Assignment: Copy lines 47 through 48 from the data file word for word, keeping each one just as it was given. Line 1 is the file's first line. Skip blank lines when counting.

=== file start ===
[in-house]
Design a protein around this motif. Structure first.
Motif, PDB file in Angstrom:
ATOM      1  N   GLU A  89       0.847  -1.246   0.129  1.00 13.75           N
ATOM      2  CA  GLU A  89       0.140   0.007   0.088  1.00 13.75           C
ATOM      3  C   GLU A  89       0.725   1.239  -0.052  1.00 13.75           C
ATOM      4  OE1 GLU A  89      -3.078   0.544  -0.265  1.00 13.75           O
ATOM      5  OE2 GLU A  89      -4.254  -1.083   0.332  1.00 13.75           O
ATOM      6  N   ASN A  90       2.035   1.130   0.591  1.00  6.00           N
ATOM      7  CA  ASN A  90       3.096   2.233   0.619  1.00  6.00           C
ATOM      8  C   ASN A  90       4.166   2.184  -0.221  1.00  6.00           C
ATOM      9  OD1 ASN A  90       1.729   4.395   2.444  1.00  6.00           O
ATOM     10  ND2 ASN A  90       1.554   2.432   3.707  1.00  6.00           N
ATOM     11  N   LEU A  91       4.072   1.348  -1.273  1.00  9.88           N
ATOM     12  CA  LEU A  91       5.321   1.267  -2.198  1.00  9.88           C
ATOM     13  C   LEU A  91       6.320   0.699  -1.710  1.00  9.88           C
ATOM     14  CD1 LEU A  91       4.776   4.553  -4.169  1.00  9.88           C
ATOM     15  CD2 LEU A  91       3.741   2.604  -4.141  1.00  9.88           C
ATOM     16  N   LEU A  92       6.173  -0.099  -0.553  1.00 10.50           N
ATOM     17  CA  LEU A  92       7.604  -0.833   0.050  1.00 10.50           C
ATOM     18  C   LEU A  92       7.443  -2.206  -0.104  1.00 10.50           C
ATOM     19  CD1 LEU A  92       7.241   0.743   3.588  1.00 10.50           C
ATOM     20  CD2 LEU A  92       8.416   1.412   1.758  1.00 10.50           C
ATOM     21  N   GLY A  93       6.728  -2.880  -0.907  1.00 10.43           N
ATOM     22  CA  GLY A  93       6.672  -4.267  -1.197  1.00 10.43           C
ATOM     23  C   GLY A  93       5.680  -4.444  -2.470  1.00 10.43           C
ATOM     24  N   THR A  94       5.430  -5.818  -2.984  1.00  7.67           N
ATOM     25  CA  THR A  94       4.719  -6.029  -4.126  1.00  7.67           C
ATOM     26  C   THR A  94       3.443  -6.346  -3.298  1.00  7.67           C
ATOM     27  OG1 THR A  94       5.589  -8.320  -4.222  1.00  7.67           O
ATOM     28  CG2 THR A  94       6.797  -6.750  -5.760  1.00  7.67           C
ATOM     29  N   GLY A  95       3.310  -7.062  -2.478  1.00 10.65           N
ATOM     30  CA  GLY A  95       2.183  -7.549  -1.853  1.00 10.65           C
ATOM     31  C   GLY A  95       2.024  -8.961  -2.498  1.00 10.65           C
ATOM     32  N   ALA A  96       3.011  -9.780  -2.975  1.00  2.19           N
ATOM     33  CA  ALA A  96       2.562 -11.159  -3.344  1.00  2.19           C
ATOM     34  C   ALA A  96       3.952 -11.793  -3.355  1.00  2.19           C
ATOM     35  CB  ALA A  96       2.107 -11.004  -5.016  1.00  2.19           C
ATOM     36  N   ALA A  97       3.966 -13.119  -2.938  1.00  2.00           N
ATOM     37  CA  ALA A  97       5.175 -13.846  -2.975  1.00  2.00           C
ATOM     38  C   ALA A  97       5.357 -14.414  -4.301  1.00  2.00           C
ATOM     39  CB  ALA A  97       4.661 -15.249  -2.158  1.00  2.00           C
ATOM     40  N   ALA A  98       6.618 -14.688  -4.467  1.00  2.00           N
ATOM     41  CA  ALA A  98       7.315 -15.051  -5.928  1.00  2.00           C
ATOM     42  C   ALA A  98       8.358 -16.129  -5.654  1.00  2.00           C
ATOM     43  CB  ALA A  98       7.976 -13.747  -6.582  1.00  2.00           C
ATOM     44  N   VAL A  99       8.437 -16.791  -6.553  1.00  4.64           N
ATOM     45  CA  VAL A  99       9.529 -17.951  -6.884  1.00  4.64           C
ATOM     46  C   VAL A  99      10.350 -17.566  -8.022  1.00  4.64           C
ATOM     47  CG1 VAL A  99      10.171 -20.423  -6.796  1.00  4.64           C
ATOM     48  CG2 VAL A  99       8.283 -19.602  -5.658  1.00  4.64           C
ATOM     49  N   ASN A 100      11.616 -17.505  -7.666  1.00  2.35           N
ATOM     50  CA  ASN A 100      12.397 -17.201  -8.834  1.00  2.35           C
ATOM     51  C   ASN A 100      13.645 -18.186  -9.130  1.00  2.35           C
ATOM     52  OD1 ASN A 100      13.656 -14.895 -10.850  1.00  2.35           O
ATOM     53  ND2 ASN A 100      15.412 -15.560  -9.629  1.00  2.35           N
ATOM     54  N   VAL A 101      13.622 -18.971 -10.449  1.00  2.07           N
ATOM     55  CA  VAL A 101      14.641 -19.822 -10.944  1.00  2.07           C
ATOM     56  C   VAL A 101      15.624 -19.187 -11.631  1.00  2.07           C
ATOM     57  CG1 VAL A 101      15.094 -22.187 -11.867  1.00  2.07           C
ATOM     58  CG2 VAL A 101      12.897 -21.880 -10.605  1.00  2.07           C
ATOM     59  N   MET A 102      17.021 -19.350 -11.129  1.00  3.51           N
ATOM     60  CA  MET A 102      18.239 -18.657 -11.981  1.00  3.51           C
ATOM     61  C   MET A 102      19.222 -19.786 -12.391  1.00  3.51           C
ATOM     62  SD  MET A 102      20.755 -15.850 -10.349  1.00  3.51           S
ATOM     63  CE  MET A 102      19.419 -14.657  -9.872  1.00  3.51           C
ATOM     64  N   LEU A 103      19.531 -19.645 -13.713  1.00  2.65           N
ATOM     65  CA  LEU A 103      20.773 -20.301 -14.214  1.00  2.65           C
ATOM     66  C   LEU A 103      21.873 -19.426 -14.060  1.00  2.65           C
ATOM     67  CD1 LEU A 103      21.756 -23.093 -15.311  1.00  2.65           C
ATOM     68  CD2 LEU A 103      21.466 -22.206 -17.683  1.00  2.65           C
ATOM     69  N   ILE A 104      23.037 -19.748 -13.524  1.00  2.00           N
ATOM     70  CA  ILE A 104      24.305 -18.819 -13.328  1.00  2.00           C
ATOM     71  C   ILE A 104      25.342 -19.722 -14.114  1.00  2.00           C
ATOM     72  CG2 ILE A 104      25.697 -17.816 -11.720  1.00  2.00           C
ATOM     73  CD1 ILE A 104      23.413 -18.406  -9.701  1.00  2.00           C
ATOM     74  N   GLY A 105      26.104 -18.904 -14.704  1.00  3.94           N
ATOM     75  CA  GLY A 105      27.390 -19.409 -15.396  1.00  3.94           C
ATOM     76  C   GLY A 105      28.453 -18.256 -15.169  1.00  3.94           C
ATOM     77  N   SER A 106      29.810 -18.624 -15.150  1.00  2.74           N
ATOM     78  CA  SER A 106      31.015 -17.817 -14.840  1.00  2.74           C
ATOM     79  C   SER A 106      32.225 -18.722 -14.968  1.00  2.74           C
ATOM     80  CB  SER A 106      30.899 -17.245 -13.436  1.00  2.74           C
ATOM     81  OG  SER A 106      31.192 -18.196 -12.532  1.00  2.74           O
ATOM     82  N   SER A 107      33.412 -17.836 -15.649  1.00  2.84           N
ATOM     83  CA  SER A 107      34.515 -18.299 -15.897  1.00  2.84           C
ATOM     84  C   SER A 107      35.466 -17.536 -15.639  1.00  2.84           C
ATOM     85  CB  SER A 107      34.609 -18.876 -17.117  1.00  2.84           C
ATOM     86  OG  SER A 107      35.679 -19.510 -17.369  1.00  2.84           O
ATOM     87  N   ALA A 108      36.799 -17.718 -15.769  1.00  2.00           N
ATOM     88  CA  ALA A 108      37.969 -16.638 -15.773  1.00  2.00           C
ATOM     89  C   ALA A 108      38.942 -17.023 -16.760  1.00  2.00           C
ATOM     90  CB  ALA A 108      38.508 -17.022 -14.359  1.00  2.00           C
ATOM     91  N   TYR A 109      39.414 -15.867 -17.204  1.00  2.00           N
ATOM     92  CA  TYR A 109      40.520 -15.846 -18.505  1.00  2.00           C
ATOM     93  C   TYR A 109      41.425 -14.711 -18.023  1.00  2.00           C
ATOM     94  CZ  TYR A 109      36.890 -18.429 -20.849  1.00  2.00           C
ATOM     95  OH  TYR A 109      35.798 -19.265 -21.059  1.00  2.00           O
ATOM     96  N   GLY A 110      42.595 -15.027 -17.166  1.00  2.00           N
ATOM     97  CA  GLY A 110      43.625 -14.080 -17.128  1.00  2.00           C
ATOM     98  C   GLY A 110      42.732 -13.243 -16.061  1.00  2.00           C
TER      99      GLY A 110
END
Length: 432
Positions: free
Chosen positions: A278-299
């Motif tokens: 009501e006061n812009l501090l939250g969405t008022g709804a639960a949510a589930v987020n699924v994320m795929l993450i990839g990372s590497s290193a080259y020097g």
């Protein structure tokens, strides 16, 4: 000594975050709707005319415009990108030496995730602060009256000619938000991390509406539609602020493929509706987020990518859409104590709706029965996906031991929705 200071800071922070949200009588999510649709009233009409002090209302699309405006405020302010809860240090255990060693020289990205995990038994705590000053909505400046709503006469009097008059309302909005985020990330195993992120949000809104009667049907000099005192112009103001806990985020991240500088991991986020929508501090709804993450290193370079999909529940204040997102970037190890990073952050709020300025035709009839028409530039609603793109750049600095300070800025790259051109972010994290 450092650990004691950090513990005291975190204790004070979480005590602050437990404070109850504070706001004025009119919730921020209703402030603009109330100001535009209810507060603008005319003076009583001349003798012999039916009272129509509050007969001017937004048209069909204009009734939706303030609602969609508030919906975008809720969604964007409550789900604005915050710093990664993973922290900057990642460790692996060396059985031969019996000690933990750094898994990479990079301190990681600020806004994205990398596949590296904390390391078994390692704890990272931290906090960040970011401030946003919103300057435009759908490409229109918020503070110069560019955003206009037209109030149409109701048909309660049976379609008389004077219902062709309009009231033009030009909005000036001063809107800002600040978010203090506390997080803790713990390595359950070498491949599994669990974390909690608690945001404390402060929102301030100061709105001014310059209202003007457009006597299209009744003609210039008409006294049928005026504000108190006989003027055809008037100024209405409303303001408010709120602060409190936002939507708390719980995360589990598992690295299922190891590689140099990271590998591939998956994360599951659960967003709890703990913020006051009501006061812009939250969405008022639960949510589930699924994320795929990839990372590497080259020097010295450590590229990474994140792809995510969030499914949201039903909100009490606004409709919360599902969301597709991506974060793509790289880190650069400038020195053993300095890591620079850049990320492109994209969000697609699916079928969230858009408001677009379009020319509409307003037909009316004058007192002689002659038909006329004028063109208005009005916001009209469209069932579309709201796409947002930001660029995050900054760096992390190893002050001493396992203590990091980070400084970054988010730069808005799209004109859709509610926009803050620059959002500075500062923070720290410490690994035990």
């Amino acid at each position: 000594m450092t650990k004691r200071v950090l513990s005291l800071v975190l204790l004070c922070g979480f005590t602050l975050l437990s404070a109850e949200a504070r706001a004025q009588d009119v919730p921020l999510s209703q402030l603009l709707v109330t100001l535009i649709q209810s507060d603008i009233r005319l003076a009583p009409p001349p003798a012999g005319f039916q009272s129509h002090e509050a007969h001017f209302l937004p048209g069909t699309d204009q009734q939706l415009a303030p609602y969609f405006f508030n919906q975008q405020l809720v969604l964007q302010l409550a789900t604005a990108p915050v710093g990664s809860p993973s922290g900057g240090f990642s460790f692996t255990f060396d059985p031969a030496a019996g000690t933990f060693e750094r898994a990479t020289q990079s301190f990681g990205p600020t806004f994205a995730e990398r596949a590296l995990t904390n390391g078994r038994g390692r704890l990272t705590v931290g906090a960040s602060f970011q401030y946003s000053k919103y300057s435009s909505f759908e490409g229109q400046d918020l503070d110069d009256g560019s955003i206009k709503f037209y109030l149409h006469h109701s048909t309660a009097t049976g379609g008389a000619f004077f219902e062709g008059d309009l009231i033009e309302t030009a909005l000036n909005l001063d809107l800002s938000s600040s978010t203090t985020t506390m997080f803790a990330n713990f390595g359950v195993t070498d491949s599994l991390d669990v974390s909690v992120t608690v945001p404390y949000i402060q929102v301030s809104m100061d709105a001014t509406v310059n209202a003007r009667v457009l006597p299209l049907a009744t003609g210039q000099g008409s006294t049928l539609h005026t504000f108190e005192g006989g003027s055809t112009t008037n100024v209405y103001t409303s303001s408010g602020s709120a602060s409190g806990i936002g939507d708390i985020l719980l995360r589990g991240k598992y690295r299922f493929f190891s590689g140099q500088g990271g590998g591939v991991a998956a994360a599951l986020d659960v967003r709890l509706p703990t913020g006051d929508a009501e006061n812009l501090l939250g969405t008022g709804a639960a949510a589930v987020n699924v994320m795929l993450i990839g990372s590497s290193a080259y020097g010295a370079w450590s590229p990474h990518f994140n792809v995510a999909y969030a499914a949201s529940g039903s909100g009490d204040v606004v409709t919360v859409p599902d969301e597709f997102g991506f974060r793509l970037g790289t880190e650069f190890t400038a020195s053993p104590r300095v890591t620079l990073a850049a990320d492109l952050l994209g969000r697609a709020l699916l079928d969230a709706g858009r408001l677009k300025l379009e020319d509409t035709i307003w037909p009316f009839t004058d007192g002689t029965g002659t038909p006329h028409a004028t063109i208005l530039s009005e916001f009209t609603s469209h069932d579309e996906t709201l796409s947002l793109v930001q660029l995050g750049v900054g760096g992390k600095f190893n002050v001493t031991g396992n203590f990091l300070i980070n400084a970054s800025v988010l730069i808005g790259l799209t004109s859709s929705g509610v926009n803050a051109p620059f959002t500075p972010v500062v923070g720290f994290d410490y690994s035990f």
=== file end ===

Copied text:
ATOM     44  N   VAL A  99       8.437 -16.791  -6.553  1.00  4.64           N
ATOM     45  CA  VAL A  99       9.529 -17.951  -6.884  1.00  4.64           C